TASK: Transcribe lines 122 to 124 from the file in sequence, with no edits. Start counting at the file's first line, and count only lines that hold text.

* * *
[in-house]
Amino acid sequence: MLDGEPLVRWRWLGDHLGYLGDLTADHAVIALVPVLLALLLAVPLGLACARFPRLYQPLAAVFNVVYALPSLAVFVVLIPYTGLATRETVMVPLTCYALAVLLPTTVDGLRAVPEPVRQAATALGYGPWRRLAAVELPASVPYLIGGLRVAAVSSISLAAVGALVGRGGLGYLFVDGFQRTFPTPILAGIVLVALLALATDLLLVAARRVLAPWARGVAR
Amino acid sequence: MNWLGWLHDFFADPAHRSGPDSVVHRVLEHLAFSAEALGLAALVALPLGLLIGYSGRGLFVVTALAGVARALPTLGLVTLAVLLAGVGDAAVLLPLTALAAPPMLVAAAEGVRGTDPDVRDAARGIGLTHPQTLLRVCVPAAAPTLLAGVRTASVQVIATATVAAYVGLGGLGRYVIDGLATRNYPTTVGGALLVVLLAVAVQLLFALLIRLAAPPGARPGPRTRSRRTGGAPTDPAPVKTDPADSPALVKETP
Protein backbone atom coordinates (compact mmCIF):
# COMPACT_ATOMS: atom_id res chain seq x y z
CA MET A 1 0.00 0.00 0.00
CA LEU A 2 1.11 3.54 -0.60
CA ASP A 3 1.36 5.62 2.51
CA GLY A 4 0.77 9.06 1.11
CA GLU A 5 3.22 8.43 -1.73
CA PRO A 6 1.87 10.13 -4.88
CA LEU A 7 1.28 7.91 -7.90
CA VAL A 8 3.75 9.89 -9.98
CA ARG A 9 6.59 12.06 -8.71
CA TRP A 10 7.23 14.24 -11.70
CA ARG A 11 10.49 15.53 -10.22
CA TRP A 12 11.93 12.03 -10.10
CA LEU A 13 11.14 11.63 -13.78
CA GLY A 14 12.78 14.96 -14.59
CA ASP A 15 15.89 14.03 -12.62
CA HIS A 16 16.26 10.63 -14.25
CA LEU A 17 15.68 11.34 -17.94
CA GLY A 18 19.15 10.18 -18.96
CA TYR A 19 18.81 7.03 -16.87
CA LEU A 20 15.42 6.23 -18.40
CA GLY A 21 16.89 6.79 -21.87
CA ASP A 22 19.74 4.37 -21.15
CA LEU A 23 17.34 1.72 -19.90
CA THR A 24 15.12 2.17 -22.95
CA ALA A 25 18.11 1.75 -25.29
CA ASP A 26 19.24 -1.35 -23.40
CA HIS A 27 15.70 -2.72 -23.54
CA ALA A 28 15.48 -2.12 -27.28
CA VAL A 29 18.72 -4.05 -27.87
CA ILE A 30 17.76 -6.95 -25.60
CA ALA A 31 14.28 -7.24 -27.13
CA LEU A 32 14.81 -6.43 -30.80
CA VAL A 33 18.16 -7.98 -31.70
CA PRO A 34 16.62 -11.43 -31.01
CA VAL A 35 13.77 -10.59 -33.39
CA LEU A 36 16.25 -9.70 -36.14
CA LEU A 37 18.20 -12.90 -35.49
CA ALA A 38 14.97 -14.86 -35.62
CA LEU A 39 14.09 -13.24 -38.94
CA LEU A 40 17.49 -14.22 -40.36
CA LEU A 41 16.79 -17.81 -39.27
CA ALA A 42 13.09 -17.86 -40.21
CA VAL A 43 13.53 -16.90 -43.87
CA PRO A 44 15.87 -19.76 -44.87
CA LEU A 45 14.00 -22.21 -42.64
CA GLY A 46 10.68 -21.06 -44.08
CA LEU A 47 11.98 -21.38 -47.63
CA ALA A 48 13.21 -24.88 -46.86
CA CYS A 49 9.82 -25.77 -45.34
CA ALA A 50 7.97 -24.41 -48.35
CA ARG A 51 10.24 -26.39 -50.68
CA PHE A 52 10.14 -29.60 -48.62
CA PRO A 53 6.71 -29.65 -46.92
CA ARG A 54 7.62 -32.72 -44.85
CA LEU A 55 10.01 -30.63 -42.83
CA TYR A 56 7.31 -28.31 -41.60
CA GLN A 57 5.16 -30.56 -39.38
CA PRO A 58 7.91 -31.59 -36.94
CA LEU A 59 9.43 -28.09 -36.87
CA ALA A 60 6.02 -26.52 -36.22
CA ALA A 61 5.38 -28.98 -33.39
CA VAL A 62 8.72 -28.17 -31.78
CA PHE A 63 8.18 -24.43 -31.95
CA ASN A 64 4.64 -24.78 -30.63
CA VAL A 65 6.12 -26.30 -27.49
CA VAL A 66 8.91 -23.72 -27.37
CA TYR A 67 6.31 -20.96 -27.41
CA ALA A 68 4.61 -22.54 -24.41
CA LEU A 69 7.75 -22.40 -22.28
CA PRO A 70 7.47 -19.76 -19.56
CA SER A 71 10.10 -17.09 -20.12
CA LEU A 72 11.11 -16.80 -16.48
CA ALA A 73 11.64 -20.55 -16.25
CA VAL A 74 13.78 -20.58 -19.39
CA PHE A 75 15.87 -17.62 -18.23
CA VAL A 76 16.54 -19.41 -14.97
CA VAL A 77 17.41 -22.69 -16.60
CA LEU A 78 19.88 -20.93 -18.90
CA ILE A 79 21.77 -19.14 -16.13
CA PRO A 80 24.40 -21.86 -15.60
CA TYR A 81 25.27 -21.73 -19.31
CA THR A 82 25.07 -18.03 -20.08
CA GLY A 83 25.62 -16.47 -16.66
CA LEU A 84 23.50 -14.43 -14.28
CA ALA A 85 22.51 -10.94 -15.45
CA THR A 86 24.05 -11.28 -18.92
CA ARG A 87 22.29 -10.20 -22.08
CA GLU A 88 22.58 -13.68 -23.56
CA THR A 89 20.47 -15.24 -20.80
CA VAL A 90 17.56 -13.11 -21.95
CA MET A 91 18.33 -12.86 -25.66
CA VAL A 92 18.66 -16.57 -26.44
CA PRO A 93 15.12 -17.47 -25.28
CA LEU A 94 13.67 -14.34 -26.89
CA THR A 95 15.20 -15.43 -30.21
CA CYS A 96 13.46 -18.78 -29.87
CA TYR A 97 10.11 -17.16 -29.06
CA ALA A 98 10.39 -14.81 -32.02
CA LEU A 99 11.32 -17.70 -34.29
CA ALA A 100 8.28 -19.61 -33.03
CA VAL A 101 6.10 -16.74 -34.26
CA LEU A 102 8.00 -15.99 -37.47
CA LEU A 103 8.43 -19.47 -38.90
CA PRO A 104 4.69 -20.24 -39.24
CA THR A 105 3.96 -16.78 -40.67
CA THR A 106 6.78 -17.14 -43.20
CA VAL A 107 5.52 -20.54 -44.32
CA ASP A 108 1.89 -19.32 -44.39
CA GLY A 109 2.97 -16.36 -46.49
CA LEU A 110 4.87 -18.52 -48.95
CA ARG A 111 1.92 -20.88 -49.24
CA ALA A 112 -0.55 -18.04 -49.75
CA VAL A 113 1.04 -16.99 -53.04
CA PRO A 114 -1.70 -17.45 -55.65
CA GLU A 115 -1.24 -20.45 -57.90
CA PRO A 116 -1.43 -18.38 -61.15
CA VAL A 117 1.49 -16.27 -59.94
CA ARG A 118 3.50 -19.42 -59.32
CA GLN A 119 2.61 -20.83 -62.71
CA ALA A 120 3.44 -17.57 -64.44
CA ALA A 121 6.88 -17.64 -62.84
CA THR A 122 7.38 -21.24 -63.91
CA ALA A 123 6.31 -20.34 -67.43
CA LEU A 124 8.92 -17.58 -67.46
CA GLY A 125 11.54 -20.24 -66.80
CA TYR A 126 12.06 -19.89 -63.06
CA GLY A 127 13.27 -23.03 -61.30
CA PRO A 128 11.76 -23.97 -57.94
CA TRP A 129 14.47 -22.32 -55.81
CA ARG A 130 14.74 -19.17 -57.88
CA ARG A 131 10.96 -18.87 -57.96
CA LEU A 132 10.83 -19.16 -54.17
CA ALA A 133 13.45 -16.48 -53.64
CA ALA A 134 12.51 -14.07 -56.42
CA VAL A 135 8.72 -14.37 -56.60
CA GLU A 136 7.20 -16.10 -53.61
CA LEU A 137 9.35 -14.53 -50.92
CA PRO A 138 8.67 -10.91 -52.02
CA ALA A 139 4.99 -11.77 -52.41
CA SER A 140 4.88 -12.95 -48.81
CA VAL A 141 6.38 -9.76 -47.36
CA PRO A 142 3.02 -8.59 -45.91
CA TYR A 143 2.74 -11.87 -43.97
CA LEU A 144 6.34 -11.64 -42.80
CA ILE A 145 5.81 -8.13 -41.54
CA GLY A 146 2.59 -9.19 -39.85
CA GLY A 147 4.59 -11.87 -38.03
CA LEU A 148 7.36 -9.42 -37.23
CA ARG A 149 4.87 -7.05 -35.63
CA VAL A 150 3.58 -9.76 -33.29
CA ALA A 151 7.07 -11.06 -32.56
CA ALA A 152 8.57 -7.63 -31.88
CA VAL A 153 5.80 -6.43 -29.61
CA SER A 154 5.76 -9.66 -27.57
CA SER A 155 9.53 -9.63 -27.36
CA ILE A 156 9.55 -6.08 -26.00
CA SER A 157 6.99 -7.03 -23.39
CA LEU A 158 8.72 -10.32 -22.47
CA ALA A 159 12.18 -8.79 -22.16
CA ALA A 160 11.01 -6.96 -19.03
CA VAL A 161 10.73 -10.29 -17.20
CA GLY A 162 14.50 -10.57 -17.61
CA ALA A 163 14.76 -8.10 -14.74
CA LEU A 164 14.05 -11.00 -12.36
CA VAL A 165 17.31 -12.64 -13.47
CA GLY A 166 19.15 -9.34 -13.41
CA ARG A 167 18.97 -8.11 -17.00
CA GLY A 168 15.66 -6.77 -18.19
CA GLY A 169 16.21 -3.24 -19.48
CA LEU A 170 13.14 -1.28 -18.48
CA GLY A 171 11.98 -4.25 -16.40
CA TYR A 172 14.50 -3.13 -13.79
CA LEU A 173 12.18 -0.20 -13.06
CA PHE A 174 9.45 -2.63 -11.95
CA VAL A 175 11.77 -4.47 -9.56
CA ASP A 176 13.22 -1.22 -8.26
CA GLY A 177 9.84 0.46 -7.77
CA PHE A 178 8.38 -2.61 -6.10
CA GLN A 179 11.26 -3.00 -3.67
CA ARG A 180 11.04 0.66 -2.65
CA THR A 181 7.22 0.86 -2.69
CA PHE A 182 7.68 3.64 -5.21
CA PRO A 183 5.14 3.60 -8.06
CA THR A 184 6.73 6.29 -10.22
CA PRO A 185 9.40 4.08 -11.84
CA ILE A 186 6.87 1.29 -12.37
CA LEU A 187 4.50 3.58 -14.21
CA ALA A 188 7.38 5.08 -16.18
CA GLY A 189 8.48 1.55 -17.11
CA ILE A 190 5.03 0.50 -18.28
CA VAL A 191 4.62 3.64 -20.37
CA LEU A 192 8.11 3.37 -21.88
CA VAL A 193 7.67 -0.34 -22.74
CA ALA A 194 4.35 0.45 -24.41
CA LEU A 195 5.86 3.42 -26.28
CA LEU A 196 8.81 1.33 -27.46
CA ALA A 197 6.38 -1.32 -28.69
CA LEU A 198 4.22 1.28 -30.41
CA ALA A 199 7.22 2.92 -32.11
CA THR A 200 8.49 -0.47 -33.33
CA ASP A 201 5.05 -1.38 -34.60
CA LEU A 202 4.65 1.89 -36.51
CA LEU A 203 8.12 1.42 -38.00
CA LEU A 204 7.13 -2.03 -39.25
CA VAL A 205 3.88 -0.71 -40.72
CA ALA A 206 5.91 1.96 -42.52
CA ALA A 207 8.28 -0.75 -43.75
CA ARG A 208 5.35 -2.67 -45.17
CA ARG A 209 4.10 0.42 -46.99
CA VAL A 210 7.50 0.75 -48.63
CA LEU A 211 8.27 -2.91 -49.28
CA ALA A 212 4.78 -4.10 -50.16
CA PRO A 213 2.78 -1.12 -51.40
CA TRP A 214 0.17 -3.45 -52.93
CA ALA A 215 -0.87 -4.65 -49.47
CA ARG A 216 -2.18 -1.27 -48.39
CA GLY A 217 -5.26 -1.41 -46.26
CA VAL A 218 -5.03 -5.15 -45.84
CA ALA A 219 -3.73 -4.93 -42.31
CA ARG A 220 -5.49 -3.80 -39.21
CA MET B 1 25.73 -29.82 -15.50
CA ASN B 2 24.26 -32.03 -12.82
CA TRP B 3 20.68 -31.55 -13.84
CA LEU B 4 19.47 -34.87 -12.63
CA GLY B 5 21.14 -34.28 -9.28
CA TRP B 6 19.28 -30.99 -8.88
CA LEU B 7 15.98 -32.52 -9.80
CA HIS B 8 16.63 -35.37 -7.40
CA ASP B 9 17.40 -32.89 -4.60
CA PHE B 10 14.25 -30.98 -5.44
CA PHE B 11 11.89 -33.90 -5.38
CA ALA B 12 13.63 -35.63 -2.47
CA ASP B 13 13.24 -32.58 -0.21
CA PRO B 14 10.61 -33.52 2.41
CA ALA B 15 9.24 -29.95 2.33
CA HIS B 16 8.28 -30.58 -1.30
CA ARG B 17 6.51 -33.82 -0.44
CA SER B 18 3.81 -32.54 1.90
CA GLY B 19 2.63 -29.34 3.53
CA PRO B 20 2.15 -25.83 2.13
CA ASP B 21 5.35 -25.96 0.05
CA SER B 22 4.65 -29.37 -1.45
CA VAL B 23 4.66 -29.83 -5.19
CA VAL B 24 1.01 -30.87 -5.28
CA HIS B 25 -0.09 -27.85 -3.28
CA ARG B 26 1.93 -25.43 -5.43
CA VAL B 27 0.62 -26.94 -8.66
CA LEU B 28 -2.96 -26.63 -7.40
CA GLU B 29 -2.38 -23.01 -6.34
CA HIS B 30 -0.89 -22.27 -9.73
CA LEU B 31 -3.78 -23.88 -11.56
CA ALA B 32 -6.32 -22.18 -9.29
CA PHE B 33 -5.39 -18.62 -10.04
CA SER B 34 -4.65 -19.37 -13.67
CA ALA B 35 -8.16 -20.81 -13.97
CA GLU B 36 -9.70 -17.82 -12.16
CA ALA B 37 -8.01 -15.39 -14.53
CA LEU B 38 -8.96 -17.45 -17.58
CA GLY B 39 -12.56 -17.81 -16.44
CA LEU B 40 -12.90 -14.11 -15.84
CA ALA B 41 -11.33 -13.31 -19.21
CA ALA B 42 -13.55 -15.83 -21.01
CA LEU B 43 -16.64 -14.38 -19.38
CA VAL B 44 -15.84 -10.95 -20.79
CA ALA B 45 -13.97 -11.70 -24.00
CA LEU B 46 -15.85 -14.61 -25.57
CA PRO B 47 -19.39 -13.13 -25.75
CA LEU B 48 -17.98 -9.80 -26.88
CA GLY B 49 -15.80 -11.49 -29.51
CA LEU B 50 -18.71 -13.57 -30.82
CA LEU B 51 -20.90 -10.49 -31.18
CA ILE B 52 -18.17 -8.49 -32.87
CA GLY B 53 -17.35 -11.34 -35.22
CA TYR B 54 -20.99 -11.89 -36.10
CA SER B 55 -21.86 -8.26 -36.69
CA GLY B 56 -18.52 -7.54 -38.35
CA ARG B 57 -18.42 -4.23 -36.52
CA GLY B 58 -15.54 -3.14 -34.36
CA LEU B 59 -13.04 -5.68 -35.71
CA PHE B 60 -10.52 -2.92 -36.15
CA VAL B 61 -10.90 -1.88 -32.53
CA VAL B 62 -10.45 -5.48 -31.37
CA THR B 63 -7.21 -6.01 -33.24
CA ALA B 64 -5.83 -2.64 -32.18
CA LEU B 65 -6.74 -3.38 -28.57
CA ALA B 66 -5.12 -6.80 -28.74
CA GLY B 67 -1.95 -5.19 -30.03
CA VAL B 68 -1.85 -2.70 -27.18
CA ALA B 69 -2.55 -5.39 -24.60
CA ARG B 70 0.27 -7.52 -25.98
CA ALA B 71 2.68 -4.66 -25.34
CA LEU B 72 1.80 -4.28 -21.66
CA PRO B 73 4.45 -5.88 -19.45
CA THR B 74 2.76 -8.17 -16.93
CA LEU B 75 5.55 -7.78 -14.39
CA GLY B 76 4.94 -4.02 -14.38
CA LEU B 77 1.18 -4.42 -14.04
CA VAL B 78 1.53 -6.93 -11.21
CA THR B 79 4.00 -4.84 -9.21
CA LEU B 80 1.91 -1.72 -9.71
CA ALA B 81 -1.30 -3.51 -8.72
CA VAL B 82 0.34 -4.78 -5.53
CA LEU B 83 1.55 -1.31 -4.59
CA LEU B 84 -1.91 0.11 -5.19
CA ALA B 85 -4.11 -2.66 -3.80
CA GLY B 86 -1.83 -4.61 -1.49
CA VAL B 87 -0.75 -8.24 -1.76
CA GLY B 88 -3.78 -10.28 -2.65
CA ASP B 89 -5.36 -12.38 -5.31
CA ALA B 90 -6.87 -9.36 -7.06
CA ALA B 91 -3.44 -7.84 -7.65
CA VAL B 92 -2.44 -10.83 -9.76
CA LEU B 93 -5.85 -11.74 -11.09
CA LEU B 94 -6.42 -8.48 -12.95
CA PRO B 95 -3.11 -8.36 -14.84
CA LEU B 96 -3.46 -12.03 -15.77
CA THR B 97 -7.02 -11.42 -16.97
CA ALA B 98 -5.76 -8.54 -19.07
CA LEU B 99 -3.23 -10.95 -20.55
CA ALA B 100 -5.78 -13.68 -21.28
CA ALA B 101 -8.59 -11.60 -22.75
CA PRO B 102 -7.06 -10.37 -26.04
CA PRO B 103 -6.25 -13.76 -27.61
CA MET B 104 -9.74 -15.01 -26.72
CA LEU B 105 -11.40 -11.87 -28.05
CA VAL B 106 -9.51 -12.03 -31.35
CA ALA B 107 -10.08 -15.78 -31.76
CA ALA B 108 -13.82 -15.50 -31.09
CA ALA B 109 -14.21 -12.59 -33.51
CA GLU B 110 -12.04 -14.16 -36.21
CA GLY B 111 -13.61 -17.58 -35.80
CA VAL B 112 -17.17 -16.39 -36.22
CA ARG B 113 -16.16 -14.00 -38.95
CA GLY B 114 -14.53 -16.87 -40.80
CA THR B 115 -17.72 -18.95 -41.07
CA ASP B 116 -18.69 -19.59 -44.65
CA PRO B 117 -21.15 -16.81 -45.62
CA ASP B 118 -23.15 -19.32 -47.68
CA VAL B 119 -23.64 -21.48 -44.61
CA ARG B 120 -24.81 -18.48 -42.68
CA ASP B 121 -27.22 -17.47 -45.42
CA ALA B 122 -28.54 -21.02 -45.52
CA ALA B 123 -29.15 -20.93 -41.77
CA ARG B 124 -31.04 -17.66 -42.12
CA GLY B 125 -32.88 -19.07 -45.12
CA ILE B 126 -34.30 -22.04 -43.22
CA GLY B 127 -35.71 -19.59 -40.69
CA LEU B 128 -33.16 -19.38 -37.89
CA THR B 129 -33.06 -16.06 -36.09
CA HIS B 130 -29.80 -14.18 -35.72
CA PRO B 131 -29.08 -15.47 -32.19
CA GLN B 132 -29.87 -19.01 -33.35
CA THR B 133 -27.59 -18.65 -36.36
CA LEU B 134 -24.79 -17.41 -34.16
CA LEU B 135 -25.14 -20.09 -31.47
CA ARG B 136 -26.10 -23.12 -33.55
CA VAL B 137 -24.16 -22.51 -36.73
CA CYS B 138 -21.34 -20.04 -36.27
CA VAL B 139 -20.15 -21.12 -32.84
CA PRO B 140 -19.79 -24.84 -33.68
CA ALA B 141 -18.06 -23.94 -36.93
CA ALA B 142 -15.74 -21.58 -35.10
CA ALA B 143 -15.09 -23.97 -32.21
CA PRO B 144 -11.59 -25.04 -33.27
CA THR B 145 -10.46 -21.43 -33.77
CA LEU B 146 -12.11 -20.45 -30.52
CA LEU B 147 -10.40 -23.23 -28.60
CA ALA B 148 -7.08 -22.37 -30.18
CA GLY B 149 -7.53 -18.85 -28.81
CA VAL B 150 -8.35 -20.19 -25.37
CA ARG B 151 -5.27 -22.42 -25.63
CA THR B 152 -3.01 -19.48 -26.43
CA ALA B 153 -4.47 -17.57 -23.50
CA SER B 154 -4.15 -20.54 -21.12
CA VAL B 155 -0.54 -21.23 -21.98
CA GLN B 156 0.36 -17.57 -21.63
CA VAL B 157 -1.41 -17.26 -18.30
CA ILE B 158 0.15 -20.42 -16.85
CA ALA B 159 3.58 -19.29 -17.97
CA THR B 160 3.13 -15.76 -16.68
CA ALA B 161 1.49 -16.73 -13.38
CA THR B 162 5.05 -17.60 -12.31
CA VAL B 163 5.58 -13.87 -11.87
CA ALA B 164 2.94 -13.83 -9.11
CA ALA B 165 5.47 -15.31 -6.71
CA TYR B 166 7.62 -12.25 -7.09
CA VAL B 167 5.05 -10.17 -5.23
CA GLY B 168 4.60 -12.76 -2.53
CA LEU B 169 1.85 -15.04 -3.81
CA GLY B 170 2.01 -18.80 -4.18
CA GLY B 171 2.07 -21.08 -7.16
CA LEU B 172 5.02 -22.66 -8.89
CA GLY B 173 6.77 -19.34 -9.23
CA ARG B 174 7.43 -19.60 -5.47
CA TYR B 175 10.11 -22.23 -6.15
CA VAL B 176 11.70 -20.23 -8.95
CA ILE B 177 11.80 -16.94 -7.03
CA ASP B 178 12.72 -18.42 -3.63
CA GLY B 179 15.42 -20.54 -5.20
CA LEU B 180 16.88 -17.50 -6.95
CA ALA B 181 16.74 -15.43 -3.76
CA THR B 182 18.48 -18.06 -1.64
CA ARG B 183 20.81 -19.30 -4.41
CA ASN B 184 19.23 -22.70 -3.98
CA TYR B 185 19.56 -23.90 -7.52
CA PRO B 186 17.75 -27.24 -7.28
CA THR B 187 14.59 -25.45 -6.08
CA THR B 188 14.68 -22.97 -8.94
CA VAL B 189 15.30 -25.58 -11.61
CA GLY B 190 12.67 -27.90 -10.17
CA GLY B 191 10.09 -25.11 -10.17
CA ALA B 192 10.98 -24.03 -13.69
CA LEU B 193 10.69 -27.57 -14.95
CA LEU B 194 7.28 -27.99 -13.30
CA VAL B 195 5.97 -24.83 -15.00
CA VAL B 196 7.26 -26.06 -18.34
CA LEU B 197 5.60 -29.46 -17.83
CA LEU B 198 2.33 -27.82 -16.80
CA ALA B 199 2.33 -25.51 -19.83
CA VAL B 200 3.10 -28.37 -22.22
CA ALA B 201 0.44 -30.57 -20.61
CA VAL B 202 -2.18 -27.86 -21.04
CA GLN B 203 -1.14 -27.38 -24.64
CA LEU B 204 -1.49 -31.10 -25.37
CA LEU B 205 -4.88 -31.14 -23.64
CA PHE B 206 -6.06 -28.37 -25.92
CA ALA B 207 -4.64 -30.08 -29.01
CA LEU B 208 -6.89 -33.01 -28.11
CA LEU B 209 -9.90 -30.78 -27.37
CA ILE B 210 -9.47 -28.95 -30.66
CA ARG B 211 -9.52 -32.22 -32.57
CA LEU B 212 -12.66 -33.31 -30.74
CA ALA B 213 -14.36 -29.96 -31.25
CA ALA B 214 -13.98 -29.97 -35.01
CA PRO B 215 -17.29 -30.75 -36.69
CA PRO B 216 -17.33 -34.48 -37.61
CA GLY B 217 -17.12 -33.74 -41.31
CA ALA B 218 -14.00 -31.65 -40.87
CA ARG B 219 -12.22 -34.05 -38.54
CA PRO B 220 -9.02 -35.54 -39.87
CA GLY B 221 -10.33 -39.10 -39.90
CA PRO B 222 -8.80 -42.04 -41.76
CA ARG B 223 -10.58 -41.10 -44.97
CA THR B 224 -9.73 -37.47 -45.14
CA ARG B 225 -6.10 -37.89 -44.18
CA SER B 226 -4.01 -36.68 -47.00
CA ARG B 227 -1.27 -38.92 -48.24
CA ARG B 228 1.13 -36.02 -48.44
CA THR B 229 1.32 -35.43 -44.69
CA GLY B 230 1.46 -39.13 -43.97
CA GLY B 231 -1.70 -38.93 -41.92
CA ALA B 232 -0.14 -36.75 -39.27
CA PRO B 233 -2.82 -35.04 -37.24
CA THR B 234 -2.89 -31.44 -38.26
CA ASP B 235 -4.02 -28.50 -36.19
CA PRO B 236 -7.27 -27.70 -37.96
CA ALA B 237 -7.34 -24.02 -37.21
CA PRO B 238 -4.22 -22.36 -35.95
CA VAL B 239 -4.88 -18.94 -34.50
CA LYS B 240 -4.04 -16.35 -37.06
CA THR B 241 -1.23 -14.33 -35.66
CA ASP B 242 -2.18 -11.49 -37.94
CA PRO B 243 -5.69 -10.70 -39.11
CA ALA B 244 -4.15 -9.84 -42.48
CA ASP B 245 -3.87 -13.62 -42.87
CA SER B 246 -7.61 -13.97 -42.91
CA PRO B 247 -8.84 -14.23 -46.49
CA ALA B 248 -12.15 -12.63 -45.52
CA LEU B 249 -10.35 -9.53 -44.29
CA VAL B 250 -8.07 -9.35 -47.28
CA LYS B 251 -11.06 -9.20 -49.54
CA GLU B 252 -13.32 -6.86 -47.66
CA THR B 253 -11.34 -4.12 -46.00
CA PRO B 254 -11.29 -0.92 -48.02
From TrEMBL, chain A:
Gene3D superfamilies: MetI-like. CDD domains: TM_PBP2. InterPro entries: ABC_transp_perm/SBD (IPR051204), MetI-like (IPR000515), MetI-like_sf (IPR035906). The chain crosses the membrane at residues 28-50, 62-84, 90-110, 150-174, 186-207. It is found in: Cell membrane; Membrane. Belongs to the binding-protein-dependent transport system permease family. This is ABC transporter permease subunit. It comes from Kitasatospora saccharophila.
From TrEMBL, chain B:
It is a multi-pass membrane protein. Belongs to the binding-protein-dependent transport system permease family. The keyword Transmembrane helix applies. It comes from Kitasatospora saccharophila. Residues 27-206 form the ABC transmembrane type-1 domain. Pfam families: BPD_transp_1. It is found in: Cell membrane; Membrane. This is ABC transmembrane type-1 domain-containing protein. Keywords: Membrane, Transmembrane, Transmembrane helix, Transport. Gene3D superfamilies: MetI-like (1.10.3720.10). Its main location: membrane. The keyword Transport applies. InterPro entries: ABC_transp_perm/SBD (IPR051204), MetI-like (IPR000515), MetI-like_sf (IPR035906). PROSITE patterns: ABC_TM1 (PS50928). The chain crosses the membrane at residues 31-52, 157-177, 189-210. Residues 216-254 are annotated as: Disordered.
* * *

CA VAL A 117 1.49 -16.27 -59.94
CA ARG A 118 3.50 -19.42 -59.32
CA GLN A 119 2.61 -20.83 -62.71